Every Takeoff Deserves a Safe Landing

Unique Leadership Axiom: A winning mission depends upon a thorough pre-flight check.

A goal has no value unless it can be measured.  The measure of a winning career in flying is: that for each takeoff there is a safe landing.  Success and planning is a matched pair.

As a young flight test engineer, I was really eager to impress my boss.  My boss was a hero fighter pilot from World War II.  When I was given the chance to make my first flight test plan, I wanted to know, “How are we going to measure whether or not the flight was a success?”  The boss’s answer was, “If the pilot walks away from the landing, the flight was a success.”

Of course that was a gut level answer.  The pilot is more valuable than the mission.  The mission is more valuable than the airplane.  But what about the mission: the flight test; the data?

It took me quite a while to know that basic issues are the measure of success.  In engineering it is a product made on time, within budget and specs.  In problem solving it is what was assumed.  In flying it is pre-flight check.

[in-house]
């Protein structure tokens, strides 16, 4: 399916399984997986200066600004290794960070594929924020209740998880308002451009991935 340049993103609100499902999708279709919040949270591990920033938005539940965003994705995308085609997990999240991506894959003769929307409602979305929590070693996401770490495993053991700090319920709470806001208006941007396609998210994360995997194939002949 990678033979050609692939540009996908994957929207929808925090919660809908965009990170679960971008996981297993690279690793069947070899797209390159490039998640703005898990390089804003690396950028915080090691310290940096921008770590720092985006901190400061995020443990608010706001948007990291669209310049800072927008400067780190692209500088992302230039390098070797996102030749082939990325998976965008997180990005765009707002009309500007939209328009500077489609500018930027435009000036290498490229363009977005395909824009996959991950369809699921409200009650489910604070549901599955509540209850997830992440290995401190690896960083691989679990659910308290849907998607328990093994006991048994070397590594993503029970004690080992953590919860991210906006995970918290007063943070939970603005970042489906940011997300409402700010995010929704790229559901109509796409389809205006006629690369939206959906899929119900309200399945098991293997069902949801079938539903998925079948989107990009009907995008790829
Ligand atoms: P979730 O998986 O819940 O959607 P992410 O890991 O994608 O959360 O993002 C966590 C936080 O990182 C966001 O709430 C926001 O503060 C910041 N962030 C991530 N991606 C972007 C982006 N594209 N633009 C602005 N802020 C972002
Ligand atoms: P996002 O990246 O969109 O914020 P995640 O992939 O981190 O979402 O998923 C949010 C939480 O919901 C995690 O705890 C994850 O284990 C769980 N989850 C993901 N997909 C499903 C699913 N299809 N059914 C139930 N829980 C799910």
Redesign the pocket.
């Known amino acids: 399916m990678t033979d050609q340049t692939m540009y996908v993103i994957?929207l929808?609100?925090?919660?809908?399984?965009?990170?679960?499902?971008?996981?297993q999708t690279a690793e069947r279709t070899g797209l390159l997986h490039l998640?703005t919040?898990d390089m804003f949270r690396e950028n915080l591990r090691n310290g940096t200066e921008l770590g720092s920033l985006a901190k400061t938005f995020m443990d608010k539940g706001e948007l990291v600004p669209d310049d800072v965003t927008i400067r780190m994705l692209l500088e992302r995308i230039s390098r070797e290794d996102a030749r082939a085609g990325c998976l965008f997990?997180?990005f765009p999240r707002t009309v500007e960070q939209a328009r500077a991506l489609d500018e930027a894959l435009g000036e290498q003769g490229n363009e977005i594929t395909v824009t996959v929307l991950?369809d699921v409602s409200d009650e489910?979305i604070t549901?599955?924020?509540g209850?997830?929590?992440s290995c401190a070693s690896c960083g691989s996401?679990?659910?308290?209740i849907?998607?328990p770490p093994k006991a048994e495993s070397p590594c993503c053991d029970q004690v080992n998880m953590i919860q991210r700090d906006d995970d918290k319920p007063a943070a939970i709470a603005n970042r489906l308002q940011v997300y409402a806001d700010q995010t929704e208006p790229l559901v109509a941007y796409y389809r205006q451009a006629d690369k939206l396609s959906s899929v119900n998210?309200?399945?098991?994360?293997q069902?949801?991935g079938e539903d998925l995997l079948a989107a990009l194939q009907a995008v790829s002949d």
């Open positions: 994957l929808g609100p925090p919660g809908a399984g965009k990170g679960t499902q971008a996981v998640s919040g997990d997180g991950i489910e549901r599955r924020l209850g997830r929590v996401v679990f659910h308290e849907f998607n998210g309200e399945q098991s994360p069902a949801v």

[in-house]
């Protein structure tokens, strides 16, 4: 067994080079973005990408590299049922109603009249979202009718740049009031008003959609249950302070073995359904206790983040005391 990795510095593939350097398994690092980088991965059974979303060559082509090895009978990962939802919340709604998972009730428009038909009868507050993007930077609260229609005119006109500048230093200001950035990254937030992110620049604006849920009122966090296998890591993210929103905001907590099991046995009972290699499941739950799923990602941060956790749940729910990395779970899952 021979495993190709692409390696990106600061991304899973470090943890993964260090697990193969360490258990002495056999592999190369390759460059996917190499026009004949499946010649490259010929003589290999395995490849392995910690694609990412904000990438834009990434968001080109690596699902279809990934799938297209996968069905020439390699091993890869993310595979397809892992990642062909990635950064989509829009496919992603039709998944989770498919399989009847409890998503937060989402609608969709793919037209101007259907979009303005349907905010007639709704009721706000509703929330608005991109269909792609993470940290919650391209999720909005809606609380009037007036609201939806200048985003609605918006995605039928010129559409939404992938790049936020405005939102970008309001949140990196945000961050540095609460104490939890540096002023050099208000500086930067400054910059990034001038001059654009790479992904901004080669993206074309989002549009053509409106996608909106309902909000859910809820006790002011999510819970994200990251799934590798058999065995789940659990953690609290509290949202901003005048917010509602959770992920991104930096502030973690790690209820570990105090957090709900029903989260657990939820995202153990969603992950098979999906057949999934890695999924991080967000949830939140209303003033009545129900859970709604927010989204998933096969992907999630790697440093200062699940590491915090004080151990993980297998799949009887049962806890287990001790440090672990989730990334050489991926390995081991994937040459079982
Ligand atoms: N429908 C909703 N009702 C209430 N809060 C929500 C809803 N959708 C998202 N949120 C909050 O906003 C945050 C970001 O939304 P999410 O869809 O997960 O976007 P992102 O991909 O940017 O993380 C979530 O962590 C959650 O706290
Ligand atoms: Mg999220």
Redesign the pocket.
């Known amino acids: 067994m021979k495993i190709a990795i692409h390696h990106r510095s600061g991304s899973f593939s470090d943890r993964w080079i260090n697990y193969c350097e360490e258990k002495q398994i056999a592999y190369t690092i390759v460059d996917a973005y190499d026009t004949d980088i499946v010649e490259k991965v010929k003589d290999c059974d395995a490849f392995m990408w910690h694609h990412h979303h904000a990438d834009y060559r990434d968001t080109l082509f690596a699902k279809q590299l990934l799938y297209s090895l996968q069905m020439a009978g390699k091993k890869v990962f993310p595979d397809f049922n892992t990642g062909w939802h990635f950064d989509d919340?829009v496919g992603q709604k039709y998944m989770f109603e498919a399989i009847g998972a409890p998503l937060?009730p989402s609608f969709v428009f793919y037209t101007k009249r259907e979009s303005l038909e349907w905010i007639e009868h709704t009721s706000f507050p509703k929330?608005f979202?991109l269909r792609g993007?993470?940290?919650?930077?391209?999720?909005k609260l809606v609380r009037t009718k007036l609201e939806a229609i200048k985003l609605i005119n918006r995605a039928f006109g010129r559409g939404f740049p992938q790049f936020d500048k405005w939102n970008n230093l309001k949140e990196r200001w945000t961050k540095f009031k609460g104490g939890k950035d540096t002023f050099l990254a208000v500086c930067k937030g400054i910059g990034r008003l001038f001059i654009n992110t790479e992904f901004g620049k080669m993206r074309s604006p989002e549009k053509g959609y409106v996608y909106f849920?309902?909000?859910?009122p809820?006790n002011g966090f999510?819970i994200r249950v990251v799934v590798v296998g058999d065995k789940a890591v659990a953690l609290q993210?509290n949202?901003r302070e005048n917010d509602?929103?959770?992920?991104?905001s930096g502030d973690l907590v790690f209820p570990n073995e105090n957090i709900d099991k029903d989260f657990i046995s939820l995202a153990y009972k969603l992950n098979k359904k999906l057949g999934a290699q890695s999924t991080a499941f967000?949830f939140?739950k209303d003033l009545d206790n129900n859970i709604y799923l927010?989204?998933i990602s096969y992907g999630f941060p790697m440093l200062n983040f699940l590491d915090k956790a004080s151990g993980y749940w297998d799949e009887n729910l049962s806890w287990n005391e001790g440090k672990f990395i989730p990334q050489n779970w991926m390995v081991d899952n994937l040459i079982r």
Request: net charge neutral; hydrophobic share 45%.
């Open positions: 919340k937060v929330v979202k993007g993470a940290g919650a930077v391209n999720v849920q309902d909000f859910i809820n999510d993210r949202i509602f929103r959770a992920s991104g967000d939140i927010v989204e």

In a previous post I said that the first priority in being a team leader is the health of individuals and even more, the health of the team.  I also said that care of equipment before action is a must.  The focus of my other posts is that preparedness is the basis for winning action.

But in those posts, I did not say how we measure preparedness.  We measure preparedness by checking every part of the plan, human and material, before we start a mission.

In aircraft, you pre-flight check vital indicators in every system. Before any other kind of mission you do the same thing.  You check every system and every critical components of the system.  You do not stop with just the most obvious components.

When flying, members of military aircrews wear boots.  Why?  Because they may have to bailout of the aircraft.  If they are wearing oxfords or loafers, the shock of parachute opening will leave them barefoot, as I well know!  If you thought before you took off, “I don’t need boots sitting in the cockpit of a jet plane,” and then the failure to preflight check your footwear may leave you in grave danger.

Whether you are in combat or launching the sale of a new product, there will be little time to check the fine details in the middle of the action.  Do it first!

Leadership Focus. Set an example for your people by being mindful of the fine details before you start anything.

My Take. When you are an expert or the boss is easy to pass over the details.  It is not that you neglect them; it is just that they are not at the front of your mind.  As a Tai Chi Master once told me “that is the fiery path to the Devil’s tent!”

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